# Gradient Descent Optimizer in Python

Gradient Descent uses an iterative algorithm to find the optimal parameters of a model. Its main aim is to minimize the given function by finding the values of the parameters of that function. These are called optimal parameters. We can use gradient descent for a function of any dimension, such as 1-D, 2-D, or 3-D. In this tutorial, we will concentrate on determining the ideal parameters of the well-known equation, i.e., the linear regression equation, using the gradient descent algorithm.

• We will apply this in Python. For 2-D, we will use gradient descent to find the global minima for the parabolic function.
• Before diving into the algorithm's implementation, let us ensure we have the parameters for the algorithm's functioning.
• We first need a cost function that needs to be minimized, the number of iterations allowed, the learning rate for the algorithm to choose the step size at every iteration while getting close to the minimum value, partial derivatives for bias, and weights to upgrade the parameters at every iteration, and a prediction function.
• These are the requirements to implement the gradient descent algorithm.

We are now aware of the parameters we need for the algorithm. To fully grasp the working of gradient descent, let's map those parameters with the algorithm and manually work on an example. Let's take an example of the parabolic equation y = 4x2. This parabolic function is lowest when x = 0, or at x = 0, y = 0, as can be seen by putting these values in the function. As a result, the local minimum of our parabolic function y = 4x2 is at x = 0. Let's now look at the algorithm of the gradient descent optimizer and how we can use it to find the local minima of our parabolic function.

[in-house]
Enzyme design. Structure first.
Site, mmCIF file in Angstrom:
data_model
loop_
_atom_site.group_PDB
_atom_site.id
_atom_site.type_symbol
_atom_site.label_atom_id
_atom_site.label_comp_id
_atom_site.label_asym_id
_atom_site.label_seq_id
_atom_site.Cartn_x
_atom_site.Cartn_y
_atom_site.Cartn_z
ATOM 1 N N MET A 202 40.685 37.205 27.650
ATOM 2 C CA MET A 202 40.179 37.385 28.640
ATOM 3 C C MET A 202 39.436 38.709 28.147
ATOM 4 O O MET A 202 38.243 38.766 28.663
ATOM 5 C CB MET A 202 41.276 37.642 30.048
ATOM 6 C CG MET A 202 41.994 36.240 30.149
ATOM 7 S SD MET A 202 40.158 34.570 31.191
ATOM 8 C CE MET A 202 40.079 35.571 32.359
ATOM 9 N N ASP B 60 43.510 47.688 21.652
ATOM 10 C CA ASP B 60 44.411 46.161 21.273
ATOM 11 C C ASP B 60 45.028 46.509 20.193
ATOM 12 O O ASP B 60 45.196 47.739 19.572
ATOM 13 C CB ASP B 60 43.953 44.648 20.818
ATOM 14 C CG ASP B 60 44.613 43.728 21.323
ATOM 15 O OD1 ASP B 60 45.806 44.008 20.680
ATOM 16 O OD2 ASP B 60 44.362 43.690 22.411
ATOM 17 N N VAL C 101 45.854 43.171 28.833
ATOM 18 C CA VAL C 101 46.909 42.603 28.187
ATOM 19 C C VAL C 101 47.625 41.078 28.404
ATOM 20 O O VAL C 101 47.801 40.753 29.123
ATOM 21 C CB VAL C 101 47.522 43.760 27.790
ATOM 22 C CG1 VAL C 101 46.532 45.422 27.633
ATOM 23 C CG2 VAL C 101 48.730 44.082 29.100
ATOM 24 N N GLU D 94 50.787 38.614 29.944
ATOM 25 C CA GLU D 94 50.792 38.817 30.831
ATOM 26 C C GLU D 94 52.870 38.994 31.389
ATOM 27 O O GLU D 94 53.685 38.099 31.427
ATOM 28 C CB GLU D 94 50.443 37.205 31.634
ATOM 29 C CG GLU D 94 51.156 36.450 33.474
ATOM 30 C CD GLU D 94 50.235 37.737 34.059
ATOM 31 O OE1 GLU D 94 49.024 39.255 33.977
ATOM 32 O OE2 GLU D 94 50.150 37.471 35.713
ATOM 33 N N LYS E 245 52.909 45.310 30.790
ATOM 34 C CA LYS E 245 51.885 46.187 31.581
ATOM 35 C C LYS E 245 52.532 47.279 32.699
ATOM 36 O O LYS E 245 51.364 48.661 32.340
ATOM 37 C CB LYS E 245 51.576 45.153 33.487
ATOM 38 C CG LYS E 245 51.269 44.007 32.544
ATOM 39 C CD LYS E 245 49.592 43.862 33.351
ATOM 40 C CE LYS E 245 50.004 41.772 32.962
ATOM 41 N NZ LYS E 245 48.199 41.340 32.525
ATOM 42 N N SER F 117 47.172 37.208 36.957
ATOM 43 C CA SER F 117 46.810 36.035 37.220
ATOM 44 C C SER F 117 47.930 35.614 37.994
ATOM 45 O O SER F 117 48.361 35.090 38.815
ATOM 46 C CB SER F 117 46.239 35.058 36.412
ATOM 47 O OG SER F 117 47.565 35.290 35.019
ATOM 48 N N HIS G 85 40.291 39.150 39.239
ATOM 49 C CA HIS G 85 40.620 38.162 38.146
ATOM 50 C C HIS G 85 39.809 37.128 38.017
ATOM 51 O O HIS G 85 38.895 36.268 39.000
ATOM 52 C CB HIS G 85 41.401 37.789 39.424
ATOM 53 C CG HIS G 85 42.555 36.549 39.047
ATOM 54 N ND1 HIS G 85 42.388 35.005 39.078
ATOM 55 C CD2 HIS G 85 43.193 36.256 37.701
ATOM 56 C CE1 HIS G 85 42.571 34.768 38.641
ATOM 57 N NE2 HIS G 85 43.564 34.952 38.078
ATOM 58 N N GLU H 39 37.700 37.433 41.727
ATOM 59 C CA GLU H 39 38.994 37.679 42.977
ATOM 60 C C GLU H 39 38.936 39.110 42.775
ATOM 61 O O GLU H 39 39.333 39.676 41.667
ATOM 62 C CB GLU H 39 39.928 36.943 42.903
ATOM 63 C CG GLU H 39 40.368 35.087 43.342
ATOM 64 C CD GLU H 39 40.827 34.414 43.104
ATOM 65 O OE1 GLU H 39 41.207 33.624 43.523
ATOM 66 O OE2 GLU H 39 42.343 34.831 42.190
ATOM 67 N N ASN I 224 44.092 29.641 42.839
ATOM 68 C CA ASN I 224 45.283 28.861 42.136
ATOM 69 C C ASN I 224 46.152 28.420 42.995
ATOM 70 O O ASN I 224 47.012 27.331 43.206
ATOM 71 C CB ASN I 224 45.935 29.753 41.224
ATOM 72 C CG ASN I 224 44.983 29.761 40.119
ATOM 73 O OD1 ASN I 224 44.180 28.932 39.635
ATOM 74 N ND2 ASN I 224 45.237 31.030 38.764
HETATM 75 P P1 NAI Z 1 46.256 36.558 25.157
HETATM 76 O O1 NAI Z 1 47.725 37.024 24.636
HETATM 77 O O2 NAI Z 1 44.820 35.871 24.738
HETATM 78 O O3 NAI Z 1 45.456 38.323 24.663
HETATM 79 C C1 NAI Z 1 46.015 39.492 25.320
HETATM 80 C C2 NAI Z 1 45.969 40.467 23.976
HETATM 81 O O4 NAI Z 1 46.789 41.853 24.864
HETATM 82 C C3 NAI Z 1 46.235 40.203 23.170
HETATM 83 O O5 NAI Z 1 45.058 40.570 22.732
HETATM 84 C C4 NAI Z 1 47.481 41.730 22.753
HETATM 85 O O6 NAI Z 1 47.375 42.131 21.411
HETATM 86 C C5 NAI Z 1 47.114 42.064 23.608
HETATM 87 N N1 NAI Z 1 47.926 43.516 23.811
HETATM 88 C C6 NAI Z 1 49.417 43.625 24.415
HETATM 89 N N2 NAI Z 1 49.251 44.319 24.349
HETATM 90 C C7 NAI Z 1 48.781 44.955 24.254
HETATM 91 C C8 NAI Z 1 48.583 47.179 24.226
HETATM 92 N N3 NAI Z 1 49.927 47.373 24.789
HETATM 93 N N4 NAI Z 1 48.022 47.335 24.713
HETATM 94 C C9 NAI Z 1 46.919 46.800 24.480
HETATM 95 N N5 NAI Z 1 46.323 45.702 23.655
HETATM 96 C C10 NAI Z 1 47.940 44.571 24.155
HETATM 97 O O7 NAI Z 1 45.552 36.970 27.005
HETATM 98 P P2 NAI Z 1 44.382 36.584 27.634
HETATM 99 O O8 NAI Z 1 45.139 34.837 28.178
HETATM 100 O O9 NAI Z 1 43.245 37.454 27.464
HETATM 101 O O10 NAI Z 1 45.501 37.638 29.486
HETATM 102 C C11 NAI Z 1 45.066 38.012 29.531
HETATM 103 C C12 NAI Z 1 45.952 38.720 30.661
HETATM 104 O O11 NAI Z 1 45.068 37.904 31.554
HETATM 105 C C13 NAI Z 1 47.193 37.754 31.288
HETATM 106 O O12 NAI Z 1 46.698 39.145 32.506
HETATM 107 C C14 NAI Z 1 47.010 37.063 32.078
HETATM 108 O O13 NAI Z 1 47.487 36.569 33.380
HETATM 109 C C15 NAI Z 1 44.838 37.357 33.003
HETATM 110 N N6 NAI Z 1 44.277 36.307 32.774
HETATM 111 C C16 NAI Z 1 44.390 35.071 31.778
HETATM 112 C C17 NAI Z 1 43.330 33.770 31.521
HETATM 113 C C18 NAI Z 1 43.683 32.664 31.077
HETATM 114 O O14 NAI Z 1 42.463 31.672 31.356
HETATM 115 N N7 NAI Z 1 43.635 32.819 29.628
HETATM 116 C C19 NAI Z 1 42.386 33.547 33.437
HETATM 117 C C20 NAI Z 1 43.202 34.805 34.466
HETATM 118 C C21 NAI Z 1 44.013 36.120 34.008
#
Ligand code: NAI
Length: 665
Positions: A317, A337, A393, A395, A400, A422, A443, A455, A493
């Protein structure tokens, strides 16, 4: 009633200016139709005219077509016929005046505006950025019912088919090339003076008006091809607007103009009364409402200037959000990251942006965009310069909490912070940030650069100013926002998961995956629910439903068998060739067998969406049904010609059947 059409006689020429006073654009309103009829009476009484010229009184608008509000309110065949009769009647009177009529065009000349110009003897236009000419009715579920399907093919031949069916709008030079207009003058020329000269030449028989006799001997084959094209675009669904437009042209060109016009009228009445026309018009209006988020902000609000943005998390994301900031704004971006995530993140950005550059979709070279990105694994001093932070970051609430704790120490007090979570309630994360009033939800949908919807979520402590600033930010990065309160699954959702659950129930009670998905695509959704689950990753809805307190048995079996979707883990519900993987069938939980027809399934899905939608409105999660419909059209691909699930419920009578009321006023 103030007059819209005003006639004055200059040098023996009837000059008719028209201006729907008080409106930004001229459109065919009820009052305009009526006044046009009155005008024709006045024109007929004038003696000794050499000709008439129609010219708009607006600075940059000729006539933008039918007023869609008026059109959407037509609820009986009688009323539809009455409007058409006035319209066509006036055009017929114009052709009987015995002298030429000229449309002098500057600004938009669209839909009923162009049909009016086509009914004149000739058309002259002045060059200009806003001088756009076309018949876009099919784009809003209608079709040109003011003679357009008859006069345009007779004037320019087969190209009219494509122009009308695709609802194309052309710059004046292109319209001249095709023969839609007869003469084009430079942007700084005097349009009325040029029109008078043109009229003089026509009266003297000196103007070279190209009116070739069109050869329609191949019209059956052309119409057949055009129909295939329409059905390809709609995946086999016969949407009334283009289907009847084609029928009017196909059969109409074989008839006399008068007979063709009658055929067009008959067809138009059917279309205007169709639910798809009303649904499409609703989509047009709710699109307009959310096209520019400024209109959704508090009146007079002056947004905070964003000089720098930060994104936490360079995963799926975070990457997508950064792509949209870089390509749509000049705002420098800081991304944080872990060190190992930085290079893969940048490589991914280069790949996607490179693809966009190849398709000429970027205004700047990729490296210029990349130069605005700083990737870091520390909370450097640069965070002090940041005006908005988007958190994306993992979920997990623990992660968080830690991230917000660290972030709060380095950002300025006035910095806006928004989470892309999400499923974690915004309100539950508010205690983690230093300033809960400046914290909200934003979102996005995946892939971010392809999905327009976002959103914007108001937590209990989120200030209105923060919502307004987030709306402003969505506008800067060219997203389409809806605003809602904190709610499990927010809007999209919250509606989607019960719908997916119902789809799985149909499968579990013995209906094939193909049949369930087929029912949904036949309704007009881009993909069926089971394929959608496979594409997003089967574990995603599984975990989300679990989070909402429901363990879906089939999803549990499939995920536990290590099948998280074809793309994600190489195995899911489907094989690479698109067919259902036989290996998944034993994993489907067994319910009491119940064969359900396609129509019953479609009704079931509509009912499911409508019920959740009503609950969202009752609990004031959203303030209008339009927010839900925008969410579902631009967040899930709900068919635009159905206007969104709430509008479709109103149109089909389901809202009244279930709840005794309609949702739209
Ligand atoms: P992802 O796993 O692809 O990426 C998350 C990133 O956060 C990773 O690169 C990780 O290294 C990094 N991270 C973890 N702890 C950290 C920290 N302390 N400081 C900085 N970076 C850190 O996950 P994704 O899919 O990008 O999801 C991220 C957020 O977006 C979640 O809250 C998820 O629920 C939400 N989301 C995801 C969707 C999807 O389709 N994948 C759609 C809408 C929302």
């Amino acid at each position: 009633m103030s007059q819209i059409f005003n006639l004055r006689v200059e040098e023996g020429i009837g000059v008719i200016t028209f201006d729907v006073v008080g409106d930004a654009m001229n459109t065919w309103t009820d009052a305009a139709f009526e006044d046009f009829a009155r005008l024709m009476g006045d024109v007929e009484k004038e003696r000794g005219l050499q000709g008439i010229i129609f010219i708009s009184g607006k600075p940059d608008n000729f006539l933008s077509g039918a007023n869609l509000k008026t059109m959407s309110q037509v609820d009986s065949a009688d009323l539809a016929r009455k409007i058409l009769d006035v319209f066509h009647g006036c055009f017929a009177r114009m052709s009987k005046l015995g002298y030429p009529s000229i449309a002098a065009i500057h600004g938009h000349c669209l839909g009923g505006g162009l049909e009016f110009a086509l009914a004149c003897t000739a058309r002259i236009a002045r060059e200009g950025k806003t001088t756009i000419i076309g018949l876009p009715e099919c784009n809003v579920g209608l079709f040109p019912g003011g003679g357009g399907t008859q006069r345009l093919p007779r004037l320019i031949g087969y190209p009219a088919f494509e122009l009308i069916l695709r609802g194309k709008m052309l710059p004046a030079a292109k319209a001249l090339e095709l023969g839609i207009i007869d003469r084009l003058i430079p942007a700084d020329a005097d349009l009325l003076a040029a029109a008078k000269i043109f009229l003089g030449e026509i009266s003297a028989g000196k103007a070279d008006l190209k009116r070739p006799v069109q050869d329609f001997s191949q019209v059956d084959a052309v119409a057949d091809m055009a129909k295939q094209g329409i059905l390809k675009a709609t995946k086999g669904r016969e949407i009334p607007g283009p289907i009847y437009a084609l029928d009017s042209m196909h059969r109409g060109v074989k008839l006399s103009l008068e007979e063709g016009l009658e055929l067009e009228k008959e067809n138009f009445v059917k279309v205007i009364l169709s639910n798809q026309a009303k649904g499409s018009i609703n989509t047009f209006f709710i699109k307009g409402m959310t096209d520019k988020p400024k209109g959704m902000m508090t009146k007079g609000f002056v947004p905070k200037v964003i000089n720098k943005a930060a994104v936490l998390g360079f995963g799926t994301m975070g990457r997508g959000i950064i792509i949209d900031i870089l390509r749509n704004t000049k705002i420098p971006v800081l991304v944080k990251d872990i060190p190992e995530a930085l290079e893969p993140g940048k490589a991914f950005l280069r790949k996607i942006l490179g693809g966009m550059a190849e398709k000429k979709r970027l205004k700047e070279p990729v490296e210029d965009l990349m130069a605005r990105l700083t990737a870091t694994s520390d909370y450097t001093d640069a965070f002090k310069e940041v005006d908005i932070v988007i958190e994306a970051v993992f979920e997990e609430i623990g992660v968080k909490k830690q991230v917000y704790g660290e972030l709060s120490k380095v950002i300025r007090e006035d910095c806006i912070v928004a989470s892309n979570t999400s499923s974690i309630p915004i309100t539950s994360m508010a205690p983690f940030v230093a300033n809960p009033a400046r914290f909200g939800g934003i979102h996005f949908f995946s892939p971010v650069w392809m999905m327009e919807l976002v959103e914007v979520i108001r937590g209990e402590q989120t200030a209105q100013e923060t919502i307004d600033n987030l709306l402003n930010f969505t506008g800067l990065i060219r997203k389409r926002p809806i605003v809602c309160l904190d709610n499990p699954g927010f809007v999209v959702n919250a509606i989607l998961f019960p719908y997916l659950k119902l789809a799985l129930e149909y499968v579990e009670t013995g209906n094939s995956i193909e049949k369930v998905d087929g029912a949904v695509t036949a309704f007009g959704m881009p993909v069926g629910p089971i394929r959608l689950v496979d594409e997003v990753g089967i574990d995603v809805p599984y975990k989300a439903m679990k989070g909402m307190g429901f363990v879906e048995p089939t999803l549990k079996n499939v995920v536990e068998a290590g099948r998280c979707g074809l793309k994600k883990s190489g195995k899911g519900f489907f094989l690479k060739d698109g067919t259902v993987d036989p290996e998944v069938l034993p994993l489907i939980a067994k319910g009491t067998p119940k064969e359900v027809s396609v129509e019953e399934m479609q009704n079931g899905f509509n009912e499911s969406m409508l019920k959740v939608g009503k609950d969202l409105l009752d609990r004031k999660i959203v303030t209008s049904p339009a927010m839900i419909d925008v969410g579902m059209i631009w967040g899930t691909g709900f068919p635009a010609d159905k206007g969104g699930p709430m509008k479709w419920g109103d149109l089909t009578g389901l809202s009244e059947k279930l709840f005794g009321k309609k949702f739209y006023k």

The algorithm works in the direction based on the proportion of the function gradient's negative value at the present location (advance in the opposite direction of the gradient) to locate the local minima of any function. Gradient Ascent is the technique for reaching the function's local maximum value by traveling in steps proportional to the function gradient's positive value (moving in the direction of the gradient).

Repeat this block until it converges to the required value.  Step 1: We have to initialize all the important parameters first. Then we must derive the gradient function for our parabolic function y = 4x2. This is a basic derivation. 2x is the derivative of 4x2, so the derivative will be dy/dx = 8x.

x0 = 4 (random value of x)

learning_rate = 0.02 (This will determine the step size taken by the algorithm to reach the local minima)

gradient = (Calculation of the gradient function)

Step 2: For example, we will perform three iterations of the gradient descent function.

For each iteration, we have to update the value of x based on the value of gradient descent in the previous iteration.

Iteration 1:

x1 = x0 - (learning_rate * gradient_equation)

x1 = 4 - (0.02 * (8 * 4))

x1 = 4 - 0.64

x1 = 3.36

Iteration 2: